Supply Chains and lessons from Brexit

While the shock of Brexit passing is wearing off, the confusion remains. This portion of Brexit holds several lessons for our supply chains, both to survive Brexit and survival in general. First you need to know:

Cynthia’s Second Rule of Business:

Don’t make it confusing for your customers to do business with you.

Since it’s too late to avoid the confusion, let’s look at a couple of things to help your supply chains:

  1. Review extended supply chains.If there is a part of the supply chain that will be affected, immediately begin communications with that segment/supplier/customer.Ideally, by using risk management tools, potential risk would have been identified prior to the Brexit vote and contingency plans would have been put in place. This may have allowed for alteration of the supply chain configuration, legal review of what loop holes exist for your type of alliance if EU treaties no longer apply, and maybe even expansion of the British supply chain link into another physical location (maybe yours if they are critical) perhaps with a spin out.For now, embed early warning signals in your supply chain risk management that forces you to review risks that may or may not become an issue. Assign responsibility to someone for reviewing the risk signals periodically.
  2. Understand the options.While no one really knows what to expect at this point, scholars and think tanks have been putting forth potential scenarios. Often those scholars work at a university near you. The think tanks may reside close by as well. Link to their websites to view their insights. Bring them in for discussion with your company or with a group of companies (perhaps your supply chain). Find scholars and think tanks that offer dissenting views so that you get a full understanding of the various paths Brexit may take (or your current supply chain concern), the likelihood of each, and what the results may be in general for business (new laws, taxes, documentation, etc.) Don’t forget to look for the opportunities as well.By the way, university scholars often look to industry for interesting problems to give their students to work on during the semester. Perhaps you can have them provide you with research on what Brexit may mean for your supply chains and type of business. You’ll get a variety of conclusions, some great some not so great, but it will be sure to stimulate your out-of-box thinking.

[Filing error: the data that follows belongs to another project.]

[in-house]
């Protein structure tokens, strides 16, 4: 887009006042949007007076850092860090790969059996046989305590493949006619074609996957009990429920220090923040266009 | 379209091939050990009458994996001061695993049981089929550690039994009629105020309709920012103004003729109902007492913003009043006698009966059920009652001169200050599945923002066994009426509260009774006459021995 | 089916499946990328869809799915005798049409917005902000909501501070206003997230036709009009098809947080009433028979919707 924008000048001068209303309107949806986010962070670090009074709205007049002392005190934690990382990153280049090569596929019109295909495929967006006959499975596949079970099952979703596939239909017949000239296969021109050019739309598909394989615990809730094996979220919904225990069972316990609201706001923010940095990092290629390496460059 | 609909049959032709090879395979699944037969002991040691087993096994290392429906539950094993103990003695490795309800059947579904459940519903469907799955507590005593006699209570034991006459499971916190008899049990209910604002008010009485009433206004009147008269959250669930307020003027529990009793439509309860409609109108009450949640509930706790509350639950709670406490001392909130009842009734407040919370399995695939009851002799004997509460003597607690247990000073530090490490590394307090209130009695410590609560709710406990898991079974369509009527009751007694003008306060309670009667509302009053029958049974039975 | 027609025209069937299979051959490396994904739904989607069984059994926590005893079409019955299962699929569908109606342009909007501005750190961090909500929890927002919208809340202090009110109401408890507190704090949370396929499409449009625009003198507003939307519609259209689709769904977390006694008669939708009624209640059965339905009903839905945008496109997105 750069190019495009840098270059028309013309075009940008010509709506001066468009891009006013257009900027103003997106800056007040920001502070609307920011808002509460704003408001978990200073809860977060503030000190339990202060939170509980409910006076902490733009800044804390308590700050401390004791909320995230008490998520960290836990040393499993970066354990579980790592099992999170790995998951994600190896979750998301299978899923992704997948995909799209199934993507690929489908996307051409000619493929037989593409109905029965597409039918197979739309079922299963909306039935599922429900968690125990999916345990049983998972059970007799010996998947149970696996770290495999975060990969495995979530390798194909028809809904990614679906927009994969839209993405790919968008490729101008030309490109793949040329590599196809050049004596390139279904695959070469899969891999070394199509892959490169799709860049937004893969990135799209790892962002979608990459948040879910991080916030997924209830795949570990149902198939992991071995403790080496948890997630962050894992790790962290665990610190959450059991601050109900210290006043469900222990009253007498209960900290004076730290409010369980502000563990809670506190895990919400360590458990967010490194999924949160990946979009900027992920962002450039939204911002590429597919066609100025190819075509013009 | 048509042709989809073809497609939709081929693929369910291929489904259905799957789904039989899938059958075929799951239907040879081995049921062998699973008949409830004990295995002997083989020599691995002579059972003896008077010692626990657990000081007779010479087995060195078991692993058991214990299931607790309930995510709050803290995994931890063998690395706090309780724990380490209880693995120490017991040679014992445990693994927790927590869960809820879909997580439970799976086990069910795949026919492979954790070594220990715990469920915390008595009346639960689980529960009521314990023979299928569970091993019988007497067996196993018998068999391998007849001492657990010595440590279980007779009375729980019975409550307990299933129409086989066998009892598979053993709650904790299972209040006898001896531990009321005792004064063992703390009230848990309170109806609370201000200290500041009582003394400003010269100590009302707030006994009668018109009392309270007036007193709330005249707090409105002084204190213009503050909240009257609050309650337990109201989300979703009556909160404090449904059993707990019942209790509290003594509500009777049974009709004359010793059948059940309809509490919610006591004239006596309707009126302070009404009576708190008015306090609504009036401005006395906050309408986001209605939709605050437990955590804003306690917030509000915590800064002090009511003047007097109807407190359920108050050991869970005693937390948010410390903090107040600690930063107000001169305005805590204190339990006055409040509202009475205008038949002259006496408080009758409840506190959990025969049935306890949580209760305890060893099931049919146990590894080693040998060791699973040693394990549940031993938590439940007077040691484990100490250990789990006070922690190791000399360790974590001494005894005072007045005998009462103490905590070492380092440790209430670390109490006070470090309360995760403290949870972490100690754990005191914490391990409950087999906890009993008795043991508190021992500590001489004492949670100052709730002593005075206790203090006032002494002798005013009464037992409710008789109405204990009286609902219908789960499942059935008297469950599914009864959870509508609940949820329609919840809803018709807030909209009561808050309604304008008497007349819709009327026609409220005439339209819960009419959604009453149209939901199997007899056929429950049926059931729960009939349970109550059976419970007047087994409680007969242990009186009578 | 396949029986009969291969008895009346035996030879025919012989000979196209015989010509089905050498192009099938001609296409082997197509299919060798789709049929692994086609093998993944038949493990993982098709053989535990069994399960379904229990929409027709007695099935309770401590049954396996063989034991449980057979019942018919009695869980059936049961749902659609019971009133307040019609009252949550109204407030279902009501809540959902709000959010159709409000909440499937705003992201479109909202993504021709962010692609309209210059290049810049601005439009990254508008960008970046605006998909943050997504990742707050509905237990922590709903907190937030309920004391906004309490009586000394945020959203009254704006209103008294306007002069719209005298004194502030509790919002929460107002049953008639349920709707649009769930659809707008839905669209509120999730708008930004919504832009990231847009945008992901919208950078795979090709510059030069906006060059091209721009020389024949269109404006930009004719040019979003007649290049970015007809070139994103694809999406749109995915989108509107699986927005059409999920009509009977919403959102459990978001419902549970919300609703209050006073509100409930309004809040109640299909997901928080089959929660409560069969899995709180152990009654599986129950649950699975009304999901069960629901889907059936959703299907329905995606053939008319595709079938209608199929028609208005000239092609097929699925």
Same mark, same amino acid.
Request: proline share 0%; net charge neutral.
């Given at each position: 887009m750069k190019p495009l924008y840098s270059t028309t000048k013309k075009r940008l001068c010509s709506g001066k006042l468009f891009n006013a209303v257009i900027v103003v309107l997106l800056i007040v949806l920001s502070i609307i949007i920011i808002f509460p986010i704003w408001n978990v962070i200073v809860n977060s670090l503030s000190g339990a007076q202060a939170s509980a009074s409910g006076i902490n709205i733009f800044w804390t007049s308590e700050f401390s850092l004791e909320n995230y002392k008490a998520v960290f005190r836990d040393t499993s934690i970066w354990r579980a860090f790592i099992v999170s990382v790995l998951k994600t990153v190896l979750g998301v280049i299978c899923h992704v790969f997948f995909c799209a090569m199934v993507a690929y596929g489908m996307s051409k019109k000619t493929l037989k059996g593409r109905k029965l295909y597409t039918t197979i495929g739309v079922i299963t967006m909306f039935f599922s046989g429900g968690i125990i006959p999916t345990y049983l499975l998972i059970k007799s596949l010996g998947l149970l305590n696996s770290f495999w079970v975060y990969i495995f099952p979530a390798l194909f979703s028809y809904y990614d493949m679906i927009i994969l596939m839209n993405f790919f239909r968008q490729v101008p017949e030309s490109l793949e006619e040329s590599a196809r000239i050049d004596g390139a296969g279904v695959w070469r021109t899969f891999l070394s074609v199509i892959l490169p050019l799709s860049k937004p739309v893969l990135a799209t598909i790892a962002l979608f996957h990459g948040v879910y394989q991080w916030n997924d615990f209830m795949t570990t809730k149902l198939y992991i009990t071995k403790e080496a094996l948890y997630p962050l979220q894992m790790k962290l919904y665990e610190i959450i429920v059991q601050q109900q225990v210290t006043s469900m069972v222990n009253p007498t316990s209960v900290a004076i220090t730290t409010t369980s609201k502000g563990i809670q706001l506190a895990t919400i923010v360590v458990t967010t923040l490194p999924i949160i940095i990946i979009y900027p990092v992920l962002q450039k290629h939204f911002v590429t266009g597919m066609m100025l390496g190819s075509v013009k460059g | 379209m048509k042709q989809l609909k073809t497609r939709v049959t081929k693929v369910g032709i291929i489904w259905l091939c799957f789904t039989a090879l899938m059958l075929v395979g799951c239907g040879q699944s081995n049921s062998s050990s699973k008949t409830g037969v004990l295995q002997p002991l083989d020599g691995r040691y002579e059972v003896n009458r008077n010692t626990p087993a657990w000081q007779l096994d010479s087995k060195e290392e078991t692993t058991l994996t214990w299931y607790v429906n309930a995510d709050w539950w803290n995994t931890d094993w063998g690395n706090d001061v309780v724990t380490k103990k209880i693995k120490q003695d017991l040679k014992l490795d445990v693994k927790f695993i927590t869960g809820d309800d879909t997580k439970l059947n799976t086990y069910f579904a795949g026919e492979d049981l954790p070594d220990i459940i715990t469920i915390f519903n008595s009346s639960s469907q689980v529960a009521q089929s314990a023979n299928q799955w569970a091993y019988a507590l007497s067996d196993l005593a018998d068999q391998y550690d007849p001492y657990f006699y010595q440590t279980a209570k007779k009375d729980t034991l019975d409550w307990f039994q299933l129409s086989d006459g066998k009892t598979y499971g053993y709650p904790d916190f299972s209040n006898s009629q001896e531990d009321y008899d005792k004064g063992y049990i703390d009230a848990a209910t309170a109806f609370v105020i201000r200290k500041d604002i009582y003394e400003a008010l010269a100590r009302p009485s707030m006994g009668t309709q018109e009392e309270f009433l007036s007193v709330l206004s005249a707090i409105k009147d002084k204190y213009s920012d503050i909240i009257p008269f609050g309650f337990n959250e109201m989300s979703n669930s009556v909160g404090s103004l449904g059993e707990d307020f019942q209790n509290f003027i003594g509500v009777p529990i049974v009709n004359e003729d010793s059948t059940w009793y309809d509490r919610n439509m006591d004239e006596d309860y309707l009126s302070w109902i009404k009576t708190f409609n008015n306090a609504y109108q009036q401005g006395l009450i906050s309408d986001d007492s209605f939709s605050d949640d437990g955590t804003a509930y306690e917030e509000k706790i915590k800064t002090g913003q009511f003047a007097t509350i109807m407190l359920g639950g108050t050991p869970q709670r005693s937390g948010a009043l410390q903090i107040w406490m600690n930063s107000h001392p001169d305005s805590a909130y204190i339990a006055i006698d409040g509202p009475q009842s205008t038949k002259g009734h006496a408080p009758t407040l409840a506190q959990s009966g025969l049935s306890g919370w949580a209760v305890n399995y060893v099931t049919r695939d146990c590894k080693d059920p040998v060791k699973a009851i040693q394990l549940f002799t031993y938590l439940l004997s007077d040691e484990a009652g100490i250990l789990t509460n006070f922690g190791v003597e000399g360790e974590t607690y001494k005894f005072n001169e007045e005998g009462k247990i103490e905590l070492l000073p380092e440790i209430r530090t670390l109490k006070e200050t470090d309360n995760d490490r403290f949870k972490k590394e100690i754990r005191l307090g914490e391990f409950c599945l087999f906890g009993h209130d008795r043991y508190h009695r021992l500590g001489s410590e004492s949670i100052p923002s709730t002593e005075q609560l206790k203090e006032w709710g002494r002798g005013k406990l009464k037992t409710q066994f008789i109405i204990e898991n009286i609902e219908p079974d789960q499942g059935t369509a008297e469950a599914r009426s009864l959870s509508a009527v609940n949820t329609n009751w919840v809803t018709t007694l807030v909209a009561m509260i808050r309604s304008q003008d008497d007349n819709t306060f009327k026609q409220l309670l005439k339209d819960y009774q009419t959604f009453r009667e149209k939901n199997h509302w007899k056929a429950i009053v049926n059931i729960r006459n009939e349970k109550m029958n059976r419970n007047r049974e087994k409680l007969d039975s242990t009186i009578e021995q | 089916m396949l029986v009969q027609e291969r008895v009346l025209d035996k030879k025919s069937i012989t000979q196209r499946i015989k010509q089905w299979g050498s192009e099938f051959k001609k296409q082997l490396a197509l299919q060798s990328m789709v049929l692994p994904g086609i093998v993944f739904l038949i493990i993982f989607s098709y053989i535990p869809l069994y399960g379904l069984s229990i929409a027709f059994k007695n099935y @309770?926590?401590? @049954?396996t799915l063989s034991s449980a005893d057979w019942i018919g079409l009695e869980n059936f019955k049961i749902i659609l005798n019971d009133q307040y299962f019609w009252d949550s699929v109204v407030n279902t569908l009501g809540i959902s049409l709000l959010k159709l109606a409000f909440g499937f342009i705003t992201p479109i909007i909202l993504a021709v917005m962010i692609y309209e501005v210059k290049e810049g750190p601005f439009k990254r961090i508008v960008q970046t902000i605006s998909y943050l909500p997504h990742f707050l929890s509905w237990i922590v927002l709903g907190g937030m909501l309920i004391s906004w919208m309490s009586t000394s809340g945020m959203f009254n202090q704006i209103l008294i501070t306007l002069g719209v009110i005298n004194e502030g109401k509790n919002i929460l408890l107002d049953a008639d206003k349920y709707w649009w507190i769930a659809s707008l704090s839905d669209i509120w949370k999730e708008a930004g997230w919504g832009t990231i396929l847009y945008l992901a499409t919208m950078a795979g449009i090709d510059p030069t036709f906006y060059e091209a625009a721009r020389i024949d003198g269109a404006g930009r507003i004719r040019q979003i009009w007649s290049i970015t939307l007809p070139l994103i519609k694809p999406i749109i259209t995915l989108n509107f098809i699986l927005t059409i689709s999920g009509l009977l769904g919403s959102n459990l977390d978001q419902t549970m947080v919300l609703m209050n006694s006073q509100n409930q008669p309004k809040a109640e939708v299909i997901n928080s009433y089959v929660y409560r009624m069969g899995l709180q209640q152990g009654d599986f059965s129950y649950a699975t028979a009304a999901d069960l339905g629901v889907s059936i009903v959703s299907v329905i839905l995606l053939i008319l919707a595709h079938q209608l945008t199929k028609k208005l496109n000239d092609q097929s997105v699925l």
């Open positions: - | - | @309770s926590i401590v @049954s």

3. Don’t wait for someone else to tell you what the answer is. If confusion reigns, you need to act to reduce the confusion. Not only by positioning your supply chains to handle the risk, but also through marketing communication that keeps your customers and supply chains in the loop. Assure them that while others are confused, you have a plan and are acting on it.
  4. Be flexible. Research shows that Brexit’s passing may put British consumers back in the price war mind set. The trick is to communicate your value; the stuff no one else brings to the table, the stuff that you do exceedingly well that customers want. It will help keep you out of the price wars.If you end up having to be a part of the price wars, make sure you eliminate equivalent amounts of value provided if you reduce your pricing. It provides you with additional variations of product/services that allow you to fulfill customer demand while playing with pricing in a more protected manner. Removal of value also allows you restore pricing and offerings to normal when your customers can handle it.Make sure you coordinate these changes with your supply chain. Your flexibility won’t work if the rest of your supply chain is confused.
  5. Listen. It is interesting to hear that many voters just wanted to show their dissatisfaction in EU planning, execution, and results but were shocked that the vote to leave actually went through. They are now joining the rest in confusion about what is next. The rest includes Britain’s closely tied neighbors.The vote to show dissatisfaction is similar to the fact that about 60% of all consumers are unhappy with the customer service they receive and are looking to jump ship. When they jump, they don’t know if things will be better, just different. Keep your passengers (customers) by listening to their input. Use your flexibility to adjust your extended supply chain performance and carry on.

While it will be an interesting time over the next month, year, decade, one thing is certain: those who instill confidence in their customers (in great part by making things less confusing) will survive.

I’d like to hear your insights. Please join the discussion.

Key works and concepts: Brexit, supply chain, customers, supply chain segmentation, value, flexibility, listen, coordination, Cynthia Kalina-Kaminsky, Process & Strategy Cynthia Kalina-Kaminsky with Process & Strategy consults with and provides training for organizations eager to increase their competitive value by helping enable growth, align performance, make and move product (even when the product is a serving of electrons). She has been invited to teach SCOR (Supply Chain Operations Reference model) in Baton Rouge this October. SCOR is the framework Fortune 500 companies use to increase their agility.

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